>> Passport to Cambodia
Not only is a passport essential but you also need to make sure that it’s valid for at least six months beyond the end of your trip – Cambodian immigration will not issue a visa if you have less than six months’ validity left on your passport.
It’s also important to make sure that there is plenty of space left in your passport. Do not set off on a six-month trek across Asia with only two blank pages left – a Cambodian visa alone takes up one page. It is sometimes possible to have extra pages added to your passport, but most people will be required to get a new passport. This is possible for most foreign nationals in Cambodia, but it can be time consuming and costly, as many embassies process new passports in Bangkok.
Losing a passport is not the end of the world, but it is a serious inconvenience. To expedite the issuing of a new passport, keep a copy of your passport details somewhere separate from your passport.
>> Tickets to Cambodia
When buying airline tickets, it is always worth shopping around. Buying direct from the airline is usually more expensive, unless the airline has a special promotion. As a rule, it is better to book as early as possible, as prices only get higher as the seats fill up.
The time of year has a major impact on flight prices. Starting out from Europe, North America or Australia, figure on prices rising dramatically over Christmas and between July and August, and dropping significantly during lax periods of business like February, June and October.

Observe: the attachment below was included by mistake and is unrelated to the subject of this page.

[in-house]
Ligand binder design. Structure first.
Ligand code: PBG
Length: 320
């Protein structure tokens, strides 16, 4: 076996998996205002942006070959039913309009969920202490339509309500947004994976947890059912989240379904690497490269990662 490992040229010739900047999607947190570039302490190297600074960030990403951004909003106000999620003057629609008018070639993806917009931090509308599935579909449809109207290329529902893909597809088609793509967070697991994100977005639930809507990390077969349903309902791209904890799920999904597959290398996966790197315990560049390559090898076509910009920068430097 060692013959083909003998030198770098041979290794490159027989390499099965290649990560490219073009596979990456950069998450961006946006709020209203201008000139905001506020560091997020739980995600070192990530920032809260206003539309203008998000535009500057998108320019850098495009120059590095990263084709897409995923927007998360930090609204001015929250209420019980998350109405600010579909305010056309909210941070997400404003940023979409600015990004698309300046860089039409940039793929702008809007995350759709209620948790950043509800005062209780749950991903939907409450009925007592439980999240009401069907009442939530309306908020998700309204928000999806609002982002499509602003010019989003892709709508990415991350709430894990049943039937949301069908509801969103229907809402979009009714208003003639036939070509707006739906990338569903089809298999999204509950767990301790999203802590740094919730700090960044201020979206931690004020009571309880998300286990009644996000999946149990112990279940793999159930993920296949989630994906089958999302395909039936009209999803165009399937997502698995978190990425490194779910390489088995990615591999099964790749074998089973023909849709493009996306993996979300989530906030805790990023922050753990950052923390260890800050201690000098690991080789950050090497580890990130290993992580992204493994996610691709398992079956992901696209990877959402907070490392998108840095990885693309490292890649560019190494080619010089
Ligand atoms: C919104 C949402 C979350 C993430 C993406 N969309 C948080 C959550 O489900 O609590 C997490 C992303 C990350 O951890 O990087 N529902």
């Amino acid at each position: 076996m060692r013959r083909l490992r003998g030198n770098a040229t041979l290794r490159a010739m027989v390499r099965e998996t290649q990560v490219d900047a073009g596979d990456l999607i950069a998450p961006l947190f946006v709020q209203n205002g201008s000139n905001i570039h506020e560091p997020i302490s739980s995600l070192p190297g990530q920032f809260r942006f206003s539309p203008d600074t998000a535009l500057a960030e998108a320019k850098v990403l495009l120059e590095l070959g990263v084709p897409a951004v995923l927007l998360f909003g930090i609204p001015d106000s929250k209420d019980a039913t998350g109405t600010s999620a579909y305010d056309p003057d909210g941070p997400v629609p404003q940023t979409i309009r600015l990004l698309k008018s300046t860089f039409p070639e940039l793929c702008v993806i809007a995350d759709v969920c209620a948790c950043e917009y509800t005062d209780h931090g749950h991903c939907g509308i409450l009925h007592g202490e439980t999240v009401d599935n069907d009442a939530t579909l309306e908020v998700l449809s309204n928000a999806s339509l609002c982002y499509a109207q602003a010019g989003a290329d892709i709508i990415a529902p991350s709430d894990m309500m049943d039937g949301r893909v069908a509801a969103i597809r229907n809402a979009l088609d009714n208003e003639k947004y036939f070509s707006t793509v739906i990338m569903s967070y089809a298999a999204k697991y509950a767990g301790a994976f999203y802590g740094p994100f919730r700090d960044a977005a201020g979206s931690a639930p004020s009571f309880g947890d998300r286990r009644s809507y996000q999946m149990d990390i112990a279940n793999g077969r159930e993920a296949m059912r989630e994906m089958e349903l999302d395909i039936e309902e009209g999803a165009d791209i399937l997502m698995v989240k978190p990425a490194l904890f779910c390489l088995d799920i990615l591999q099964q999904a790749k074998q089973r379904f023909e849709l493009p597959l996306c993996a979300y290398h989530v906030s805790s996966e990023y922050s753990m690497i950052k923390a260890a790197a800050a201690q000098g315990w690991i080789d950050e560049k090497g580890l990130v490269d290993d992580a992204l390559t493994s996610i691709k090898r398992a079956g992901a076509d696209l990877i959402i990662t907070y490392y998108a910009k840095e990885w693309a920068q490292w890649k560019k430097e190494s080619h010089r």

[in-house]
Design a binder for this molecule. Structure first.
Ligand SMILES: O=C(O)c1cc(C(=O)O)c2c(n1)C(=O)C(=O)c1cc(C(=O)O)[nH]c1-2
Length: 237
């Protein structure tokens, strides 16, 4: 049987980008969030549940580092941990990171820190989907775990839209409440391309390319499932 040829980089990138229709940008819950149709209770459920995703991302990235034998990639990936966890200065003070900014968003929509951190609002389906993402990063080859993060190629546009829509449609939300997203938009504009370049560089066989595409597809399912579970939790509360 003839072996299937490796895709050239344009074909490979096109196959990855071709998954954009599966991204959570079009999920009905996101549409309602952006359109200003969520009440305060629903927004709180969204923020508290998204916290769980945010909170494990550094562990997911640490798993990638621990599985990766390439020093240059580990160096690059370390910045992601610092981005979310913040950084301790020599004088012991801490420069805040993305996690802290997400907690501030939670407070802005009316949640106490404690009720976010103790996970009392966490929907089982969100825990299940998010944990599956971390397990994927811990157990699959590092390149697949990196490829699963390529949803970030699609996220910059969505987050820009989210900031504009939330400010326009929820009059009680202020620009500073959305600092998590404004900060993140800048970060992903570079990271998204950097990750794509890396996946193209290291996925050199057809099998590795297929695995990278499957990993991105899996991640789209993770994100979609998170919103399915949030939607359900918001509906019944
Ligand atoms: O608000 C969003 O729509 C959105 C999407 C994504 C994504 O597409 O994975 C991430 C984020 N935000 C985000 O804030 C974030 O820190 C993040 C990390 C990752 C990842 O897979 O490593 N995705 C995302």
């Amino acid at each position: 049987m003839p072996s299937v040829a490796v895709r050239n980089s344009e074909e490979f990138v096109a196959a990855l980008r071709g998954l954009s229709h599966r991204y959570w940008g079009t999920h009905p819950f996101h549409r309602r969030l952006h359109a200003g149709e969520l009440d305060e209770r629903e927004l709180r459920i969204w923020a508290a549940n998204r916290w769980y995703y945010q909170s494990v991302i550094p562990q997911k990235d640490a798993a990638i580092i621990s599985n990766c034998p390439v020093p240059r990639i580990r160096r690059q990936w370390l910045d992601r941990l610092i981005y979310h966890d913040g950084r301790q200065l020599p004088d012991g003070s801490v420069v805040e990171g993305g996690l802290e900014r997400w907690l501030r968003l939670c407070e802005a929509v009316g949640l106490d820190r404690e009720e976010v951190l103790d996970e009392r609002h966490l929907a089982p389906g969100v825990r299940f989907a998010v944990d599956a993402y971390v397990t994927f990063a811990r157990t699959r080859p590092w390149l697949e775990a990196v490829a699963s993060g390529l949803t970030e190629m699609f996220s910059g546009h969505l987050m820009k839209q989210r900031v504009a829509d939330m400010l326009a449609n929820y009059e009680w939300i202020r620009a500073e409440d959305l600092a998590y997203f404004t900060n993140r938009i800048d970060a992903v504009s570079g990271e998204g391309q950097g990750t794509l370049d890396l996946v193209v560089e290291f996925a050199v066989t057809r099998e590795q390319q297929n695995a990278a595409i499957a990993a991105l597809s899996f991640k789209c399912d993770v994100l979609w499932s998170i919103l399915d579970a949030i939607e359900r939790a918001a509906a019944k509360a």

Thailand is the most convenient gateway to Cambodia when travelling from outside the region. In Bangkok, the Banglamphu area, especially Khao San Rd, is a good place to buy tickets to Cambodia. Those who are travelling into Cambodia by air through Vietnam can easily pick up tickets in Ho Chi Minh City.
When buying tickets in Cambodia, the biggest agents are in Phnom Penh, although many now operate branch offices in Siem Reap. Agents can normally save you a few dollars on the airline price, much more for long-haul flights or business-class seats.
There is a river border crossing between Cambodia and Vietnam on the banks of the Mekong. There are regular fast passenger boats plying the route between Phnom Penh and Chau Doc in Vietnam, via the Kaam Samnor–Vinh Xuong border crossing. There are also a couple of luxurious river boats running all the way to the temples of Angkor in Cambodia. There is also a river crossing on the Mekong border with Laos, although most travellers use the road these days.
By Land to Cambodia
For years overland travellers were restricted to entering or exiting Cambodia at the Bavet–Moc Bai border crossing with Vietnam. However, lots of new land crossings between Cambodia and its neighbours have opened, offering overland connections with Laos, Thailand and Vietnam. However, many of the newly opened borders are in relatively off-the-beaten path destinations and are aimed at promoting trade more than serving tourists. For the latest on Cambodian border crossings, check out the Immigration Department website at cambodia-immigration.com.
It is possible to use buses to cross into Cambodia from Thailand or Vietnam. The most popular way to or from Vietnam is a cheap bus via Bavet on the Cambodian side and Moc Bai in Vietnam. From Thailand, many travellers take the nightmare ‘scam bus’ from Bangkok to Siem Reap via the Poipet–Aranya Prathet border crossing.